Dubai, UAE customs blocks e-cigarette shipment..


August 21, 2009 - The Dubai, United Arab Emirates (UAE) Municipality has said that it will recommend a ban on electronic cigarettes, as tests carried out by the municipality have found the electronic device to be a health hazard which contains carcinogens and toxic materials, according to the Khaleej Times. 'There is general agreement in the GCC Tobacco Control Committee that e-cigarettes should not be circulated in the [Gulf] market as therapy,' Dr Wedad Al Maidoor, head of Tobacco Control Team at the MoH has said. (Dubai to push e-cigarette ban, AMEInfo.com, 8/19/2009)

A shipment of e-cigarettes, which arrived at the Dubai International Airport last week, was blocked by Dubai Customs following a ban enforced by the Ministry of Health. The ministry had banned the battery-powered product last week after tests revealed that it could be hazardous to people’s health.

“We have acted upon the ban and stopped the goods from entering the country,” said Mohammed Mattar Al Marri, executive director of cargo operations at Dubai Customs. “Because this is a local ban, we will allow the exporter to export the shipment back to the country of origin or on to a new destination. We are not a legislative body. We work within the legal framework established by the relevant 
government bodies.”

Al Marri did not elaborate on the size of the shipment but added that it was relatively small because it arrived in the cargo hold of an aircraft.

Electronic cigarettes emit a fine vapor which contains a dose of nicotine. However, there have been concerns that they could be harmful to health.

In the United States, a study by the Food and Drug Administration (FDA) found that e-cigarettes contain toxic chemicals such as diethylene glycol, an ingredient used in anti-freeze.

A Dubai Municipality study is expected to have corroborated the findings (see first paragraph in this news brief).

“There is general agreement in the Gulf Cooperation Council (GCC) Tobacco Control Committee that e-cigarette should not be circulated in the (Gulf) market as therapy,” Dr Wedad Al Maidoor, head of Tobacco Control Team in the Ministry of Health (MoH), had told Khaleej Times last week.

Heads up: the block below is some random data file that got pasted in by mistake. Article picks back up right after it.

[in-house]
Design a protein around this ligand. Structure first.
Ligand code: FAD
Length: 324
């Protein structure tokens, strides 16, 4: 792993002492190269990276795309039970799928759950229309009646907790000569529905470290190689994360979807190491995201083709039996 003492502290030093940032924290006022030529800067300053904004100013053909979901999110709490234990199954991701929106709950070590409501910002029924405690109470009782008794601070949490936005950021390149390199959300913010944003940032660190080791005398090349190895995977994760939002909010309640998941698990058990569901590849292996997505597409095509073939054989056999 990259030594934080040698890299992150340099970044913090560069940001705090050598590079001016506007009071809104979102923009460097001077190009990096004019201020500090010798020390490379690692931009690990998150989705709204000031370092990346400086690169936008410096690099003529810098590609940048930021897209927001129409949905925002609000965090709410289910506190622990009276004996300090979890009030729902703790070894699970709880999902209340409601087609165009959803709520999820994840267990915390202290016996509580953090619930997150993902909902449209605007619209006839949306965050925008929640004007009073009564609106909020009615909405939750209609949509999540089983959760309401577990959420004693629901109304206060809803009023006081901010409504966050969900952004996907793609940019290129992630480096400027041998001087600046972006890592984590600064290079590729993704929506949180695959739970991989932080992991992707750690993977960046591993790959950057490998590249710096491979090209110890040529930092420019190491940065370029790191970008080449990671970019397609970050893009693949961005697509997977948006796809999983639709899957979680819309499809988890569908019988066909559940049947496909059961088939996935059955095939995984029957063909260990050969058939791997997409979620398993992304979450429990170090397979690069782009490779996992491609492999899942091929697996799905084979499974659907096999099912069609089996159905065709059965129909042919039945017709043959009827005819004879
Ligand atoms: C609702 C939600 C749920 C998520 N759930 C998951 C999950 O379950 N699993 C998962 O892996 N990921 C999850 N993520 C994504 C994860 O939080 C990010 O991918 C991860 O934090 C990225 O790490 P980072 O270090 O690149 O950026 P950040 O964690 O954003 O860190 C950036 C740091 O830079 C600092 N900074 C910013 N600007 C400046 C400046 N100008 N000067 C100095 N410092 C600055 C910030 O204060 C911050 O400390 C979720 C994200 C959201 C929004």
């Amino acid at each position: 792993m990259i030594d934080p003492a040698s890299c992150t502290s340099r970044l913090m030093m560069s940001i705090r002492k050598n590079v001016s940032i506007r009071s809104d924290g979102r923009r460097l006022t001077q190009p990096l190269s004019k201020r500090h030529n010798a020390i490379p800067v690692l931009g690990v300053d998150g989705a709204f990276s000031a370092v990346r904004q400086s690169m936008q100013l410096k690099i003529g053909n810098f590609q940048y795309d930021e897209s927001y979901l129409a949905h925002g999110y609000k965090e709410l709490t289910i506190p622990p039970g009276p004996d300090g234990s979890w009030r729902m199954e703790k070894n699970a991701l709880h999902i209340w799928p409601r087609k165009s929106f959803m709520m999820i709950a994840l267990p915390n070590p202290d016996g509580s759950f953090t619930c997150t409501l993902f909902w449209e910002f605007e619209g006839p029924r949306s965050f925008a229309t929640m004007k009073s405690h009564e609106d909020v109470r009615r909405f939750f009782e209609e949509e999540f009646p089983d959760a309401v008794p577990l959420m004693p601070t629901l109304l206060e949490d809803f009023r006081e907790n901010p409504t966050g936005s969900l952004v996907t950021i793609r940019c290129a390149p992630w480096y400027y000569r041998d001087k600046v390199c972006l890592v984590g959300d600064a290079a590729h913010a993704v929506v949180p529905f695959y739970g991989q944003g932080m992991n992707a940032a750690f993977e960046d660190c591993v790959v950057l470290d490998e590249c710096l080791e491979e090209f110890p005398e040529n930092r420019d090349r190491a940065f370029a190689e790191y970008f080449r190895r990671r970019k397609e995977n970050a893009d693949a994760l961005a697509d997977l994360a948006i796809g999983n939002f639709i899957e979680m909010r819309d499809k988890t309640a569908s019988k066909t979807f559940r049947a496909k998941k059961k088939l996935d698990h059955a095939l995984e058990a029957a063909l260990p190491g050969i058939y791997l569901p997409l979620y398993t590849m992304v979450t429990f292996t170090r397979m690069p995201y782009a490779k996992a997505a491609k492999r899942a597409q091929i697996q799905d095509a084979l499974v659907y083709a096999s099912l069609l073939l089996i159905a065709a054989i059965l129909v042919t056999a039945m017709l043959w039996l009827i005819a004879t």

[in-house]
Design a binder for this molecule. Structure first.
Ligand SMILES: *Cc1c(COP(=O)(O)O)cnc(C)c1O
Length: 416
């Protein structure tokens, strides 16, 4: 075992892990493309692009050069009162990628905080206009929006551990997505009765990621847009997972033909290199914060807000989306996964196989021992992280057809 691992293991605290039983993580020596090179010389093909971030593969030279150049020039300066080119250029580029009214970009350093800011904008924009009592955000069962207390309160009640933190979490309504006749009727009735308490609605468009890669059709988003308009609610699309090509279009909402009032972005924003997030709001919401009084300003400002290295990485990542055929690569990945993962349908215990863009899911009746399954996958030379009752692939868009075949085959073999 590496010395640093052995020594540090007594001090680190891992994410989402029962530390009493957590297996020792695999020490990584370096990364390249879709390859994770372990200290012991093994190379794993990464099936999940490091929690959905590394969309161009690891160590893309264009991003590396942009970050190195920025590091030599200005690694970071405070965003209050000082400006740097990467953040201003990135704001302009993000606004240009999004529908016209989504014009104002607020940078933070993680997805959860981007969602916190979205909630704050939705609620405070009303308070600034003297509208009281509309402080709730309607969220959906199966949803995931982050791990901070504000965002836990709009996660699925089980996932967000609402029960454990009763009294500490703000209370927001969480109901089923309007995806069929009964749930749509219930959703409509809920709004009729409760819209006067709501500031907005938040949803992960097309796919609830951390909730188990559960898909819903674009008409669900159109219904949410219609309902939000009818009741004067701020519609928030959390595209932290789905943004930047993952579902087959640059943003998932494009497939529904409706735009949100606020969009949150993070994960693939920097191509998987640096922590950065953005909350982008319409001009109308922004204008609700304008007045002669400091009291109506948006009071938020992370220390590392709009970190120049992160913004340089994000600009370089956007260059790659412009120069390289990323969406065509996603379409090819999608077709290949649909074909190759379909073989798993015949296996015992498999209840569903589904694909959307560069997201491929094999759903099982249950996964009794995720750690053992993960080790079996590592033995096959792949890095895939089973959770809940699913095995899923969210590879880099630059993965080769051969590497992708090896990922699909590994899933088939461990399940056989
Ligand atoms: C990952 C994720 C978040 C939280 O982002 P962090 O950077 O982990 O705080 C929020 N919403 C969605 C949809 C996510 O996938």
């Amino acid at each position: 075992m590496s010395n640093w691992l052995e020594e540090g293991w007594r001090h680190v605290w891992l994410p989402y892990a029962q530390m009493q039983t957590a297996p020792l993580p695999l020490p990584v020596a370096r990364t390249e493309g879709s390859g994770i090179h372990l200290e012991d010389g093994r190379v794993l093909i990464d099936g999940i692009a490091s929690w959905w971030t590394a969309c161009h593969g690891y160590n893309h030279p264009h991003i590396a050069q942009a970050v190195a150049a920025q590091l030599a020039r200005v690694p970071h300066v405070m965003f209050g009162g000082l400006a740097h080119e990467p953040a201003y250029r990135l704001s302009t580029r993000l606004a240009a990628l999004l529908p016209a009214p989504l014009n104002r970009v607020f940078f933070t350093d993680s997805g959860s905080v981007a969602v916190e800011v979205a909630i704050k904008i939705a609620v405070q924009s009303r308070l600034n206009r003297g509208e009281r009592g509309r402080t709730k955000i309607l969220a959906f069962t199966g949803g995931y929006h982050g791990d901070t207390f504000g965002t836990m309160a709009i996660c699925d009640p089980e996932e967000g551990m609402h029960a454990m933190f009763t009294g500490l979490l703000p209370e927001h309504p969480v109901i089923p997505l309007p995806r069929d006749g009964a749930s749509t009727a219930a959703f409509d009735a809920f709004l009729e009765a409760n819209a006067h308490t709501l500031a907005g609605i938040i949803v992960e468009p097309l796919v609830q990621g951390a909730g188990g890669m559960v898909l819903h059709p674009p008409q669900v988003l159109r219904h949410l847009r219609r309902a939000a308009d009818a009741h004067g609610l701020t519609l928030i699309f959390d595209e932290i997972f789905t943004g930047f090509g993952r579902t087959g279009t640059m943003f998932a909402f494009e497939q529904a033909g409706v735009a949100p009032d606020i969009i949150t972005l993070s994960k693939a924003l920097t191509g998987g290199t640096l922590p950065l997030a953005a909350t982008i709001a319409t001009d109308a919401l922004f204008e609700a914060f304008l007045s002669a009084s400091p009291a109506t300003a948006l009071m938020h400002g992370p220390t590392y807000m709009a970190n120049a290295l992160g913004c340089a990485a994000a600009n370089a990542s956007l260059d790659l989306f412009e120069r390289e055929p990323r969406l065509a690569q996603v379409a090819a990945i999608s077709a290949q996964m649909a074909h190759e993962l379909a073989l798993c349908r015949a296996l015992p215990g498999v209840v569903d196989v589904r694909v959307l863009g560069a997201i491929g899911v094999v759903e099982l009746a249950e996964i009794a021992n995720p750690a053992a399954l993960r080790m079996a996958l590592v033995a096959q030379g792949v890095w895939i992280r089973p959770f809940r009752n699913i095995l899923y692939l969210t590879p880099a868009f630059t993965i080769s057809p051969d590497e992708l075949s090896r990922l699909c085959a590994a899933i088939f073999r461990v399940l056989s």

Reference: Dubai Customs Blocks e-Cigarette Consignment, Martin Croucher, Khaleej Times Online, 8/21/2009.

2 comments:

  Flemming

September 2, 2009 at 6:07 AM

"In the United States, a study by the Food and Drug Administration (FDA) found that e-cigarettes contain toxic chemicals such as diethylene glycol, an ingredient used in anti-freeze."

Don't you just feel good about all the people you're helping to send to an early grave? Must make you all warm and fuzzy inside.

The FDA study did not find DEG to be a general component of e-cigarettes as you're implying. It was found in one cartridge by one manufacturer. And it's used in antifreeze, oooh! So is water. The question isn't what other products it's used in, the question is why it was in that one cartridge, and what its toxicity is. Clearly the 1% concentration found is above the tolerable limit of 0.1%, which is why the FDA should have taken the same measures they always take when a high concentration of DEG is discovered in a glycerin product (indeed it's a relatively common occurrance related to difficulties with the supply of glycerin and propylene glycol, but I guess that's a little too much research for a blog like this). Most recently in the news, DEG was found in certain chinese toothpastes and import restrictions were then placed on and warnings issued against those particular products - not on all toothpastes. And the FDA certainly didn't warn the public against the dangers of brushing ones teeth.

Also there are questions such as whether DEG makes it into the liquid's vapour phase at all (i.e. whether it's even a concern ), and many other relevant issues that the FDA didn't look into. What the study did find is that compared to regular cigarettes, e-cigarettes are almost completely harmless, on par with other nicotine replacement products like nicotine gum (that contain the same insignificant trace quantities of the same nitrosamines, too, a byproduct of the process by which nicotine is extracted from natural tobacco).

The FDA's study of course has been widely criticised for experimental inconsistency and being scientifically unsound overall, but if you bothered to actually READ the report and not just the press release, you'd find it does actually repeat the findings of previous studies done on e-cigs that have found them not just safe in absolute terms, but actually compare them to the product they're meant to replace - real cancer sticks - finding a night-and-day difference between the two.

So while people can continue to kill themselves and others with cigarettes, this extremely promising healthy alternative is being banned. Why? Because of people like you who don't question what they're told as long as it loosely seems to fit with their agenda. Ugh, smoking bad. Device which looks like cigarette also bad. Ugh. Medicine good so big medicinal firms good. Financial ties to FDA not important. Conflicts of interest make head hurt.

I'm all for fighting the spread of evil tobacco, but evil tobacco is all the poor people are left with in Dubai. Meanwhile there are still places in the world (like the UK) where a bit of sanity still prevails and people are allowed (to an extent) to protect their own lives and the lives of their children.

  jowdjbrown

June 29, 2015 at 1:51 AM

Al Marri did not elaborate on the size of the shipment but added that it was relatively small because it arrived in the cargo hold of an aircraft.click here